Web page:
I was reading a recent article (READ HERE) which attempts to shed some light on the relationship between renting a home and owning a home.  The article contends that home ownership is at a 14 year low and that with historically low mortgage rates and depressed real estate prices demand for home ownership should be primed for a dramatic increase. They feel that another driver in support of this trend is the fact that rents are increasing throughout the country again making home ownership more attractive.

While it would be nice to ride this wave of optimism, I have some concerns.  The article really doesn’t address why housing dropped to a 14 year low.  My suspicions are that 1) The housing market was way over sold to begin with and recklessly loose lending standards and artificial Government intervention helped to drive people to owning a home verses renting one. 2) We became a bit less transient because of home ownership.  In the past when struck with unemployment one could simply sell their home or terminate their lease and move to where the jobs were.  But as it became harder and harder to sell a home in this environment and prices have declining rapidly the unemployed or underemployed found themselves unable to relocate without walking away from their housing obligations and damaging their credit. 3) As the demand for housing increased the new construction markets boomed in attempting to keep up with this new wave of demand adding an unsustainable amount of inventory to the mix. These factors primed the pump for the largest fall from grace our real estate markets have ever seen.

So while I believe there will be some pressure for renters to more strongly consider buying a home in the face of higher rental payments, I think there are other factors that may also enter into this decision.  If the renter is renting because they no longer qualify for a mortgage due to damaged credit from either a short sale or foreclosure, they will probably remain in the rental pool for the foreseeable future.  Also, if their employment status is shaky renters may need remain flexible verses anchoring themselves to a mortgage.  The final realization I don’t know that the article addresses is the fact that there are a number of investors flooding the market and purchasing cheap homes to turn into rentals, and developers, at least in North Idaho, have been building new apartment complexes to handle the increased level of people who have chosen to rent vs. own.  As the rental property inventories increase there should be downward pressure on rents which would in turn remove some of the motivations towards home ownership on which the article’s authors are counting.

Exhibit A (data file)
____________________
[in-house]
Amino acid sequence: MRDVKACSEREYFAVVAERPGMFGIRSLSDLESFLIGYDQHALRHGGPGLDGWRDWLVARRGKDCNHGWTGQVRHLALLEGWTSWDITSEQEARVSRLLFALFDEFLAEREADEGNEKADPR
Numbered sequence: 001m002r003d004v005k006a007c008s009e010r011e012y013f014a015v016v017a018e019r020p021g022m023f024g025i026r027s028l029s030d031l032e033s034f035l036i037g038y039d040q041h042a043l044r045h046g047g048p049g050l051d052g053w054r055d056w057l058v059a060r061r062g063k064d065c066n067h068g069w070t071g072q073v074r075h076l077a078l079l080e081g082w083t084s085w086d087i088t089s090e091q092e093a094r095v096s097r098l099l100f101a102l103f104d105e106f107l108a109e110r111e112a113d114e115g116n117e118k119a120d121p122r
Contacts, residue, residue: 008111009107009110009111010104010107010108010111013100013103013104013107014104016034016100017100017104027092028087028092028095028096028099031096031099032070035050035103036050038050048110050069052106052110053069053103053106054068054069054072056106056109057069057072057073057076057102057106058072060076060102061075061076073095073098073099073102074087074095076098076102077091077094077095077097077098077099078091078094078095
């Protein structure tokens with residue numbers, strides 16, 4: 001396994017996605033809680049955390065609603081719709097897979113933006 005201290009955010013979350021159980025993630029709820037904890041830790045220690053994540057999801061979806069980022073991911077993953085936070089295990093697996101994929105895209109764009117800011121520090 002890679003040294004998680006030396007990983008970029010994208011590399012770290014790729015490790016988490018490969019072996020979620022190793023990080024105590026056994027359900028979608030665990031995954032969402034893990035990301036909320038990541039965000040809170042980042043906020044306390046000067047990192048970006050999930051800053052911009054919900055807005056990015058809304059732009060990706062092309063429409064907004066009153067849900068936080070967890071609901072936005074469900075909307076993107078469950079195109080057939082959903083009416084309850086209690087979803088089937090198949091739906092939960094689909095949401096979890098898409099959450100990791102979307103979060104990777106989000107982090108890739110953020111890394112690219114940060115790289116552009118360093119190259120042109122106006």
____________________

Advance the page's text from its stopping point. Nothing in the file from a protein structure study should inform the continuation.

Here are the positives for the Coeur d’Alene area.  We continue to watch our housing inventories drop.  Last year inventories dropped around 10% and further declines will bring us into a more normalized housing market. I think our market here in North Idaho will continue to improve and we should start entering a more normalized and sustainable market going forward.  It is a great time to buy but I am not sure tenants will be as big a driver for this growth as suspected.  Stay tuned – exciting times ahead for sure.